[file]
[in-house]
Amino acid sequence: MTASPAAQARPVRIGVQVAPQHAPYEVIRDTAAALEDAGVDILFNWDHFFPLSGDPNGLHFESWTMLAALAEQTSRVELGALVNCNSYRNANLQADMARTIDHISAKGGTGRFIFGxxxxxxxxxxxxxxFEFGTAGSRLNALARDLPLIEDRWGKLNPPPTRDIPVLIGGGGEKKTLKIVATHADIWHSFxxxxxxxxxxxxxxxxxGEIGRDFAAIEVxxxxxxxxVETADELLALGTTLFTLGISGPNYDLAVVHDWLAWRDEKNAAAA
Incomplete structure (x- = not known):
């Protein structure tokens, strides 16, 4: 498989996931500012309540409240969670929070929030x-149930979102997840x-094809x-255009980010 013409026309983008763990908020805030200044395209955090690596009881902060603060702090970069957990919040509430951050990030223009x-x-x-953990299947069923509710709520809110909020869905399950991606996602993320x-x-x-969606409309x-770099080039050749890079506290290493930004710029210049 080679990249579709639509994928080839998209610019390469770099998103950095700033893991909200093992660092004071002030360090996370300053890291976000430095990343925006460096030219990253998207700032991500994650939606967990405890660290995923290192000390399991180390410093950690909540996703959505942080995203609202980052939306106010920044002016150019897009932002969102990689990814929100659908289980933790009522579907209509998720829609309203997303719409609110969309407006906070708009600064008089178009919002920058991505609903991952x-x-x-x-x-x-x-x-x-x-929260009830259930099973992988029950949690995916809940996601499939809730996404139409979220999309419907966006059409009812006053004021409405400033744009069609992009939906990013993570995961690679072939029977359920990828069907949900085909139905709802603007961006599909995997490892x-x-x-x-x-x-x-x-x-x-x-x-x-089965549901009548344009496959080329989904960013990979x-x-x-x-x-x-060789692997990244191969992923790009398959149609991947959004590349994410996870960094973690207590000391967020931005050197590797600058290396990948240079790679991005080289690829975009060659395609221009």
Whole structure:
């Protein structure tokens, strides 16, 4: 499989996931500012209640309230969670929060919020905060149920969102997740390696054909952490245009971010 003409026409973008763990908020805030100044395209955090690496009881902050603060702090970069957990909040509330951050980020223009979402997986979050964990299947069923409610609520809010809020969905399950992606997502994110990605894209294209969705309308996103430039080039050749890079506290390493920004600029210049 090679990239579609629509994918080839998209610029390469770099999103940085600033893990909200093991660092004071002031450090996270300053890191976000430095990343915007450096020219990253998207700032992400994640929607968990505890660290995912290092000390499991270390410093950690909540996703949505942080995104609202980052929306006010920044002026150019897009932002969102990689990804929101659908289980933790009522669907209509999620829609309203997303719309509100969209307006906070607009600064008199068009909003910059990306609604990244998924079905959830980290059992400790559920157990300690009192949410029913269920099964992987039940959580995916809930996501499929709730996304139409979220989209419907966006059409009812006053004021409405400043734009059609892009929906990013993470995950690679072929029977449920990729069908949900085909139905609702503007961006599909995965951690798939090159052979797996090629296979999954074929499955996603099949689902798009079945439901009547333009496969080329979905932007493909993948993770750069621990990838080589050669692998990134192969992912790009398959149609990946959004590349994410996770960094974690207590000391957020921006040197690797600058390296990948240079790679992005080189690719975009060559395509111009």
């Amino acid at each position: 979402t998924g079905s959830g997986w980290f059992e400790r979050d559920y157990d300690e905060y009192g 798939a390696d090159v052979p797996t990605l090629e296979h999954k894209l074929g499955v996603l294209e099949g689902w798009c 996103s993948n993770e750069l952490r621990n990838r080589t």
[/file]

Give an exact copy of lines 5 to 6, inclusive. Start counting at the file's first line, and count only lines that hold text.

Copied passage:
Whole structure:
């Protein structure tokens, strides 16, 4: 499989996931500012209640309230969670929060919020905060149920969102997740390696054909952490245009971010 003409026409973008763990908020805030100044395209955090690496009881902050603060702090970069957990909040509330951050980020223009979402997986979050964990299947069923409610609520809010809020969905399950992606997502994110990605894209294209969705309308996103430039080039050749890079506290390493920004600029210049 090679990239579609629509994918080839998209610029390469770099999103940085600033893990909200093991660092004071002031450090996270300053890191976000430095990343915007450096020219990253998207700032992400994640929607968990505890660290995912290092000390499991270390410093950690909540996703949505942080995104609202980052929306006010920044002026150019897009932002969102990689990804929101659908289980933790009522669907209509999620829609309203997303719309509100969209307006906070607009600064008199068009909003910059990306609604990244998924079905959830980290059992400790559920157990300690009192949410029913269920099964992987039940959580995916809930996501499929709730996304139409979220989209419907966006059409009812006053004021409405400043734009059609892009929906990013993470995950690679072929029977449920990729069908949900085909139905609702503007961006599909995965951690798939090159052979797996090629296979999954074929499955996603099949689902798009079945439901009547333009496969080329979905932007493909993948993770750069621990990838080589050669692998990134192969992912790009398959149609990946959004590349994410996770960094974690207590000391957020921006040197690797600058390296990948240079790679992005080189690719975009060559395509111009």